And Do You Not Profuse!

By Jumana Ghunaimat

تم نشره في Wed 23 August / Aug 2017. 12:00 AM
  • Jumana Ghunaimat

For long officials have criticised the Jordanian society for its deformed consumerism, and rightly so.

As the officials put it, many Jordanians own several phone numbers and own more than one car, notwithstanding other aspects of spreading consumerism in our society over the last two or three decades.

The household consumption pattern has changed a lot in recent times.

Of course, this isn’t a random change without cause.

First, many of our own expats and their families, who returned to Jordan from the Arab Gulf, brought this consumerist culture with them.

It is no secret that this culture is widely spread in the Gulf.

Second, the Jordanian market opening up to global marketplace played no little role in this, not to mention technology.

As a result, we became non-productive and mostly consumer societies.

Meanwhile, domestically, the shortcoming public policy in regards to encouraging national economic production has helped deepen the problem.

Nearly two thirds of the Country’s productive power is suspended, and a significantly large part of society still depends on the non-productive public sector.

Of course, consumerism weakened the citizen’s stand in the face of more government decisions to increase taxation and make life harder for Jordanians.

More taxation, obviously, means more income erosion.

The fact that so many Jordanians own two cell phones, gave the government leverage, morally and economically, to increase taxation on the mobile telecommunications sector.

Likewise, the more cars people own, the less solid the public’s stand is against floating fuel prices.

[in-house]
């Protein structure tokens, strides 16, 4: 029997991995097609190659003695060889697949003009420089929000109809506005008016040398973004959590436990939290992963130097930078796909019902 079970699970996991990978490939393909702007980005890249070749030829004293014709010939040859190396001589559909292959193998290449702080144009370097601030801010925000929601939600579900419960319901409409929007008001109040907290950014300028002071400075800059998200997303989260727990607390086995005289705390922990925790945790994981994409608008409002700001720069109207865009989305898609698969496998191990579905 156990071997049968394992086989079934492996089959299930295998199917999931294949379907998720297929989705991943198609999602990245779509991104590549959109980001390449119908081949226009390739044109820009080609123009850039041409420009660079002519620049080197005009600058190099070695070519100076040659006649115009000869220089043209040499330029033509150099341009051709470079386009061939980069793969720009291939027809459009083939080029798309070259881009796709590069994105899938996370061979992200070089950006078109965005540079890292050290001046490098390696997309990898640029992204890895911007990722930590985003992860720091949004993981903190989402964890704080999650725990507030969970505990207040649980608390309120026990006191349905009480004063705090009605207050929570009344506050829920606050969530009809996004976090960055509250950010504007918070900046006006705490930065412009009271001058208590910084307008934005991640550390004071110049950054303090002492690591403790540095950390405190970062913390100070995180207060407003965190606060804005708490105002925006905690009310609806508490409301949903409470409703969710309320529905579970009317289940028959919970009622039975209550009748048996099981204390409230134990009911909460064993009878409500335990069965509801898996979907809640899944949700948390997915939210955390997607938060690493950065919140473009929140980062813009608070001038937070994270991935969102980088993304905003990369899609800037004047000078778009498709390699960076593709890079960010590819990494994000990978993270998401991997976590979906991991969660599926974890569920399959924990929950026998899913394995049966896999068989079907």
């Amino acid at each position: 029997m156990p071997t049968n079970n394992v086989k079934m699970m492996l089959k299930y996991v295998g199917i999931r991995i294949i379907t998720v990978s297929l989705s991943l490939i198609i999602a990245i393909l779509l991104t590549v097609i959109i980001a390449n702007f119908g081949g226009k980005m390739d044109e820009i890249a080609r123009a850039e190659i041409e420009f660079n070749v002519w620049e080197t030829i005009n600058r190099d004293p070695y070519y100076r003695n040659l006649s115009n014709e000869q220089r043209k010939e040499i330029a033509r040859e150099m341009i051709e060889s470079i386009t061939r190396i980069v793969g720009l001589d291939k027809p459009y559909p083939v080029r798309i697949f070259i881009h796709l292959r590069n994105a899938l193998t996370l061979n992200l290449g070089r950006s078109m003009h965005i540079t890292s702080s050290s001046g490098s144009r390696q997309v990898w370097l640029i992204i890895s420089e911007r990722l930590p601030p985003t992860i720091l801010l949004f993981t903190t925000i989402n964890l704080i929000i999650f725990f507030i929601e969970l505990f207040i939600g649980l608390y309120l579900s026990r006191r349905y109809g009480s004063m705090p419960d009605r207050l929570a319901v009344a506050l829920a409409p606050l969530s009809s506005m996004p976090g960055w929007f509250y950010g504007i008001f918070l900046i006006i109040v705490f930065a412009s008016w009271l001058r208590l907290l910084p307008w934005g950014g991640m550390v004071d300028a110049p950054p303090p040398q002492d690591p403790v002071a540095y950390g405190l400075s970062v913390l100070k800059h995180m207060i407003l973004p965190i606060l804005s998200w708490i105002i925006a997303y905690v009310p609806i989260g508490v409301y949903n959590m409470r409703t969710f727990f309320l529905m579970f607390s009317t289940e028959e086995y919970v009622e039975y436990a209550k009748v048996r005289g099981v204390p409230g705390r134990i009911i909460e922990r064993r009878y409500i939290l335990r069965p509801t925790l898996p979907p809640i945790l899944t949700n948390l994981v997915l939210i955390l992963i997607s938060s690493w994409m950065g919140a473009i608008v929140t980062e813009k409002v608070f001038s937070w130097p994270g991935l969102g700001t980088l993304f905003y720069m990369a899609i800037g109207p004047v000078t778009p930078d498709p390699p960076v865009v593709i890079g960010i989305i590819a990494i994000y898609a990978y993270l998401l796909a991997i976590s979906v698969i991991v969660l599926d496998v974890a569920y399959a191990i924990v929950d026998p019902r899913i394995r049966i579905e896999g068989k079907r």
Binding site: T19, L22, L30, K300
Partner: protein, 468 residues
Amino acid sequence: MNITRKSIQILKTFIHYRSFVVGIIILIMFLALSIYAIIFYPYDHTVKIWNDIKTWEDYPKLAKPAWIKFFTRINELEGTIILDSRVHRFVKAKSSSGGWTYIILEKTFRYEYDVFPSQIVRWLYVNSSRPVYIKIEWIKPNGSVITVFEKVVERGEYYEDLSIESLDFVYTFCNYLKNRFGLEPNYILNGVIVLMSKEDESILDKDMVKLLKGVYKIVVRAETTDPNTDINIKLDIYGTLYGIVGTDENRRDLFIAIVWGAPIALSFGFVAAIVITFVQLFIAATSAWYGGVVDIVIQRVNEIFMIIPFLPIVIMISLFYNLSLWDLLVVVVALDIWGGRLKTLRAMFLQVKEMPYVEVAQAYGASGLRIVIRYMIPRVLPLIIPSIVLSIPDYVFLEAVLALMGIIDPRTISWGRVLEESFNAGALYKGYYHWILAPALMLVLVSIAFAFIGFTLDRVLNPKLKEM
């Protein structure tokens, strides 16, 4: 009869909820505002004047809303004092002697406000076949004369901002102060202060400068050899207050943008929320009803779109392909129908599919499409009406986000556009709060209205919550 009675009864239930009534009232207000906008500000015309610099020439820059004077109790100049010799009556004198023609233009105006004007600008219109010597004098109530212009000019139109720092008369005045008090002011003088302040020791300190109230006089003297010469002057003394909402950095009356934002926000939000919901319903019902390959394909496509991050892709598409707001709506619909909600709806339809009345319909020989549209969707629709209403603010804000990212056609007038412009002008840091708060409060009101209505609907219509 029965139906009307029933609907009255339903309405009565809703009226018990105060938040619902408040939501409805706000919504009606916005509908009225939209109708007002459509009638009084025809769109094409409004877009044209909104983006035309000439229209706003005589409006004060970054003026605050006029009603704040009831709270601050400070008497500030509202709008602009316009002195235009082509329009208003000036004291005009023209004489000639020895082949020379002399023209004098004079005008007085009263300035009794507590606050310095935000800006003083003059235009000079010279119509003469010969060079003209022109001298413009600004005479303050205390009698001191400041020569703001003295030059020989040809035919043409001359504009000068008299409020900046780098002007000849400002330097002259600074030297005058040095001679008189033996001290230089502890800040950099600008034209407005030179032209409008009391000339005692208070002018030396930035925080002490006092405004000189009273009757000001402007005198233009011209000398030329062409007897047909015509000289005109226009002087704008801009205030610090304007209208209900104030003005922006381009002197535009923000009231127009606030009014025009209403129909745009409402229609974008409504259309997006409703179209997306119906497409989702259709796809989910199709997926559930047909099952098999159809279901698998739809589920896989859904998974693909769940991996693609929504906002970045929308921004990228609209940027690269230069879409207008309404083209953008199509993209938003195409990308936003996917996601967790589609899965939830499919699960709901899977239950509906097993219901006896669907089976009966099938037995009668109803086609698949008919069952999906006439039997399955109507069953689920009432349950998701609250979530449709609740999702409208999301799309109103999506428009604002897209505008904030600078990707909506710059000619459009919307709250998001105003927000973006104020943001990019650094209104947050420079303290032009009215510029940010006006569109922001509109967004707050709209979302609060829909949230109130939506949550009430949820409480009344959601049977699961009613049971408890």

The same goes for other taxation hikes on imported commodities.

The more citizen consumed, the more “okay” it is for the government to increase taxation.

In my previous article “Like Citizen, Like Government!” I said that the government and the citizenry are almost equally drowned in debt.

The debt-to-income per capita in Jordan stands at nearly 70 per cent, almost just as bad as the government’s rate of debt-to-GDP.

Naturally, this similarity does not stop at the measure of indebtedness.

The two are also similar in the disproportionate, deformed consumption and expenditure patterns, which significantly erode income; be it the Treasury’s or the typical Jordanian’s.

Over the course of the decade, maybe more, consecutive governments drove public spending well beyond the capabilities and capacities of a poor country like Jordan, with our limited resources.

Not once was a thought given to our economic capabilities to cover these expenditures!

For years, spending spiralled out of control, with needless, extravagant spending, which has led us to where we stand today.

Is this not profusion? Is this not the macro-equivalent of state consumerism?

In just seven years, public spending skyrocketed, from JOD5.7 billion to nearly JOD9 billion. Much of it unnecessary.

While we discuss citizen consumption patterns, and all the things wrong with it, we might as well take a look at our government’s spending!

Why has debt increased so monumentally in such a brief period of time? Why has the pension bill exploded to such proportions while there stands a Social Security Corporation which should cover all employers; public and private, military and civil?!

If we were to say that the average Jordanian is living a life far beyond their capacity, then the same goes for our governments.

Similarly, if society is unable to run and manage its own resources rationally and realistically, then our governments are worse at it!

Obviously, whose house is made of glass should not cast stones at people.

And do you not too profuse?!

In the end, you too; the government that is, are behaving in the same way we are; the public.

You do not get to cast stones!

The same consumeristic pattern is obvious in both the people and the government.

Hence, it would be wise that we all revisit our behaviours, before it’s too late.

This article is an edited translation of the Arabic version, published by AlGhad.

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